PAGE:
Monday, June 18, 2012

You Don't Have to Be Lonely...

I was watching VH1's 100 Greatest One Hit Wonders of the 80s the other day when I saw the following commercial for

My first thought was "Why am I watching a show where I am the targeted audience for this commercial?"  

My second thought was "Am I a city folk?" 

My third thought was "How do I feel about talking cow yokel spokespersons?"  I suppose if Chick-Fil-A can do it, so can dating websites.

Please don't take this as an endorsement of
Chick-Fil-A's political views.
Anyway, Farmers Only made me curious as to what other niche dating sites are out there.  Research revealed that many dating websites have a direct counterpart.  Partisanship has bled over into the online dating realm.  (Really. Depending on your political leanings you could join either or

Other examples of yin and yang in the online datingsphere:

The website is for people who want to date someone who values health and fitness, whereas caters to BBW (Big Beautiful Women), BHM (Big Handsome Men), SSBBW (Super-Sized Big Beautiful Women), and their admirers.

The dating website describes itself as “an elite online club, where every member works the door” and where “applicants are required to be voted in by existing members of the opposite sex.”  This is in contrast to which offers "dating for the aesthetically average."

This is the offensive promotion for "The Ugly Bug Ball."
As the wise Seth Avett of The Avett Brothers once said:
"There are no ugly (people), just different shades of pretty." is for virgins who have “neither shared his/her gametes with somebody else, nor has sexually participated personally or assisted by objects in same sex or heterosexual acts involving either sexual penetration or other types of intimate contact including intimate acts carried out remotely.”   My understanding is that is for people wanting to exchange their gametes. 

Like riding bikes?  Try  Like riding horses?  Try  Like riding sea captains?  Try  No, seriously.  This “premier dating service for Sea Captains” promises to help you "find your first mate."  

"In the unforgiving ocean of love, let us be your lighthouse."
The website is practical and clever!
My other favorite sites were:
  • This site claims to have nothing to do with illegal activity.  I wasn't the only one misled by the name of the site, as the featured member quote is “got to have good head an good drank an grass is what is craccin."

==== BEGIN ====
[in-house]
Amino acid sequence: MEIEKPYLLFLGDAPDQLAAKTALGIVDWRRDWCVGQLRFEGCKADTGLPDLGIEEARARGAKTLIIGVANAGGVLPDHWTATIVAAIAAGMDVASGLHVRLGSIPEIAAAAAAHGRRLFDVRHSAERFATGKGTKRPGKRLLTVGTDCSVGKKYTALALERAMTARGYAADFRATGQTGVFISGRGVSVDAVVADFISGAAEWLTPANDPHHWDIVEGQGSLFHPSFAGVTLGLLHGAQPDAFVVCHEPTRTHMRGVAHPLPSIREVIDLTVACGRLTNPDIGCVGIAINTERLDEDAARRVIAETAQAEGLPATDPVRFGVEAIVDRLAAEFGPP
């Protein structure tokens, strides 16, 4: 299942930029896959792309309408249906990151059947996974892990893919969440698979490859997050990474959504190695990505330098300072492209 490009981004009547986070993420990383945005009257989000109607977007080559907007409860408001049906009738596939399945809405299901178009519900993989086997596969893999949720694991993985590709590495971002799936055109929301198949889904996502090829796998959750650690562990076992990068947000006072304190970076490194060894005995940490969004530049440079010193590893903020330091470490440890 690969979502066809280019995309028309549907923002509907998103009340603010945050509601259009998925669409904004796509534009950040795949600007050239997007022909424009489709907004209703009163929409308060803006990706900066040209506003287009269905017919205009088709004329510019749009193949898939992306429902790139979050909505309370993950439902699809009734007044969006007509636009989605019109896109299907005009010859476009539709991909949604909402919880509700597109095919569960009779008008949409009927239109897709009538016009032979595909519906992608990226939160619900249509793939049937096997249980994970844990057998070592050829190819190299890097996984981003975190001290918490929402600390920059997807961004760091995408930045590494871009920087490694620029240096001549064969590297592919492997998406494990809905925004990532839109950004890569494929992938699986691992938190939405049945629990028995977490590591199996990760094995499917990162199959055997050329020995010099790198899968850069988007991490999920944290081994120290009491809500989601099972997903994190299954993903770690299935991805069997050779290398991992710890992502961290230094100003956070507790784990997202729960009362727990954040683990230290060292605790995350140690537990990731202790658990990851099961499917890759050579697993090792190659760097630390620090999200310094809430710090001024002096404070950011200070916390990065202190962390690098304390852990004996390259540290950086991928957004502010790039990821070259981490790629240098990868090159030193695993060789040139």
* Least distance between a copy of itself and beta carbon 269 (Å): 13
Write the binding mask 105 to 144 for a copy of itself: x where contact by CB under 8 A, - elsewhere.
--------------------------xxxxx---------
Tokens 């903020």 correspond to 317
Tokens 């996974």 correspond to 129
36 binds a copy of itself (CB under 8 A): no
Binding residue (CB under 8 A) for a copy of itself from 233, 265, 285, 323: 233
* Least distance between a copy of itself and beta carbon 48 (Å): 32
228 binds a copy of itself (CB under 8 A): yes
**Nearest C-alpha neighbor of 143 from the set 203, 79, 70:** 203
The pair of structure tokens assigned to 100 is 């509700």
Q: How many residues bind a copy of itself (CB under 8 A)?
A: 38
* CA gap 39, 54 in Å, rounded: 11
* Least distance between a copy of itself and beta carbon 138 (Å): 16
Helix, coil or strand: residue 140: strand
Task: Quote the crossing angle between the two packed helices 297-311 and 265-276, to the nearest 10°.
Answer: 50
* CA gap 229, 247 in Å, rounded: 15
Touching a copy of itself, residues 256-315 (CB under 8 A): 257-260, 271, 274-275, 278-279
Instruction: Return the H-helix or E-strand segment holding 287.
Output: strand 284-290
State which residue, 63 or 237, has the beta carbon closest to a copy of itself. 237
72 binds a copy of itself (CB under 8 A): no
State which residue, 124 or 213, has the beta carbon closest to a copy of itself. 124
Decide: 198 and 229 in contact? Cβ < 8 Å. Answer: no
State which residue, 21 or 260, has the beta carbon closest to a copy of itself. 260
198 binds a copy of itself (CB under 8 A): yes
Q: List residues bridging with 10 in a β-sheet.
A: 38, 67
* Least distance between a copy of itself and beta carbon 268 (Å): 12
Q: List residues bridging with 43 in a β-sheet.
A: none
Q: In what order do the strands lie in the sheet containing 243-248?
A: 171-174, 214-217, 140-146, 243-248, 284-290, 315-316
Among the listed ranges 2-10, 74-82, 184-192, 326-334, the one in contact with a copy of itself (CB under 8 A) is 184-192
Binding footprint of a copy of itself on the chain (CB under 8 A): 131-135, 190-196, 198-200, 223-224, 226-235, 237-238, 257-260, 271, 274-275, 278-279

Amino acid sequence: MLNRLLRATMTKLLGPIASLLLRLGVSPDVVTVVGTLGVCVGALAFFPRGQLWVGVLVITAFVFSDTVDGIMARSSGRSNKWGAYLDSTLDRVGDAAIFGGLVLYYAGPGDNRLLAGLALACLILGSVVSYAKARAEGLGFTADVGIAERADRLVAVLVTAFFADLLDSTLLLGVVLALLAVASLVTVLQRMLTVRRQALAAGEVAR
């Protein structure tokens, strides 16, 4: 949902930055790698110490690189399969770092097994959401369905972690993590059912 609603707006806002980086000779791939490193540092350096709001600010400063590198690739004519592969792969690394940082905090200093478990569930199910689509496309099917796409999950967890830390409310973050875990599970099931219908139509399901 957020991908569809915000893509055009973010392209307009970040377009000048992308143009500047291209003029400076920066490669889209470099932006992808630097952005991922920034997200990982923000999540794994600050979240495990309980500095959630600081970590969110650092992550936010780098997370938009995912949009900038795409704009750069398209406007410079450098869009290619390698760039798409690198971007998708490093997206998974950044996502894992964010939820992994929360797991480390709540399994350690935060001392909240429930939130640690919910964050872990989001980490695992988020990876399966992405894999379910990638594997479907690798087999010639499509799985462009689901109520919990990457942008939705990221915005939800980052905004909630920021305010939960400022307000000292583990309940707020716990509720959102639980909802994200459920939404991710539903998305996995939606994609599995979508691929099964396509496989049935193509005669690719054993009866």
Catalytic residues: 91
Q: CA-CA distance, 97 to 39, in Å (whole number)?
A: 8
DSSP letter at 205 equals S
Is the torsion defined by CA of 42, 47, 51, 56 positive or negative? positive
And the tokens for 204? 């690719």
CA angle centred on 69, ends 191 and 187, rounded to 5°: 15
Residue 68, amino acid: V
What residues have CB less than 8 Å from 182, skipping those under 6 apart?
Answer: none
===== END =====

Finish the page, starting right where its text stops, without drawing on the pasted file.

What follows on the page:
• Tagline: "We're hot for ginger because ginger is beautiful."  Also, this website taught me that January 12 was international kiss a ginger day.
  •  This site uses "The Science & Art of Love in fine tuning the search for meaningful relationships. Scientists offer compelling data on romantic chemistry and findings prove that passion is subconsciously ignited when we spot someone whose facial features are similar to our own."  Basically, they find someone for you to date that looks as much like you as possible.  Narcissism much?
  •  Tagline: "Date me.  Date my pet."  This is misleading.  You don't actually date their pet, you just take your pets on a date with you.  I didn't want anyone else to create a profile due to this misunderstanding.
My main problem with these sites is the idea of defining oneself by a single overarching trait.  This could lead to tough decisions for some, like whether to join TrekPassion or WeWaited (just kidding, Trekkies.  Huge TNG fan here).

Plus, I think it would be boring to date someone with your exact interests.  If you both have red hair or the same favorite STD, what else will you have to talk about?  

Wait.  That wasn't the point of STD-match?

Thursday, June 14, 2012

Sleep: The Final Frontier

Yesterday morning I woke up with a pins and needles feeling in my arms and legs.  I figured I must have just been sleeping in a funny position, so I tried to roll over.  But I couldn't.  I couldn't move at all, which scared the hell out of me.  After what seemed like several minutes, I was finally able to move.  When I told my dad about it, he explained that it was sleep paralysis.  I consulted Google, and after reading a riveting Wikipedia article on the subject, I fancy myself educated enough to discuss this phenomenon with the general public.

Stop me if you know this already, but sleep paralysis is when a person becomes aware before their REM sleep cycle is complete, so they are unable to move anything (with the exception of their eyes).

In many countries this phenomenon is attributed to a ghost
sitting on your chest.  Devon Sawa, is that you?

picture source
Sleep paralysis can also be accompanied by hallucinations.  Many scientists think this is what is actually happening when people think they are being abducted by aliens.  I have only had a couple sleep paralysis episodes that I can recall, none of which involved alien probing.

When I was in elementary school, I was paid a visit by Slimer from Ghostbusters, only he had sharp fangs and a poor attitude.  He hung out above my bookcase, and looked something like this:

"I'm an asshole who doesn't have any friends because I like to
terrify small children with anxiety disorders."

picture source
During another hallucination, I watched as bats flew down from the ceiling and tangled themselves in my hair.  Once I could finally move, I placed a blanket over my head (unsure why), walked into my parents' room, and politely asked them to remove the vermin I had trapped underneath.

Sleep disorders freak me out.  My brother has had night terrors as far back as I can remember, and has been known to leave the house in his sleep.  I guess I should be thankful that I can't leave my bed during my hallucinations.  I'm also thankful that I don't have trouble falling asleep.  I recently discovered online message boards devoted to Ambien stories.  They are highly entertaining, and involve people doing tons of crazy stuff in the middle of the night with no memory of it in the morning.  It's like giving yourself a roofy.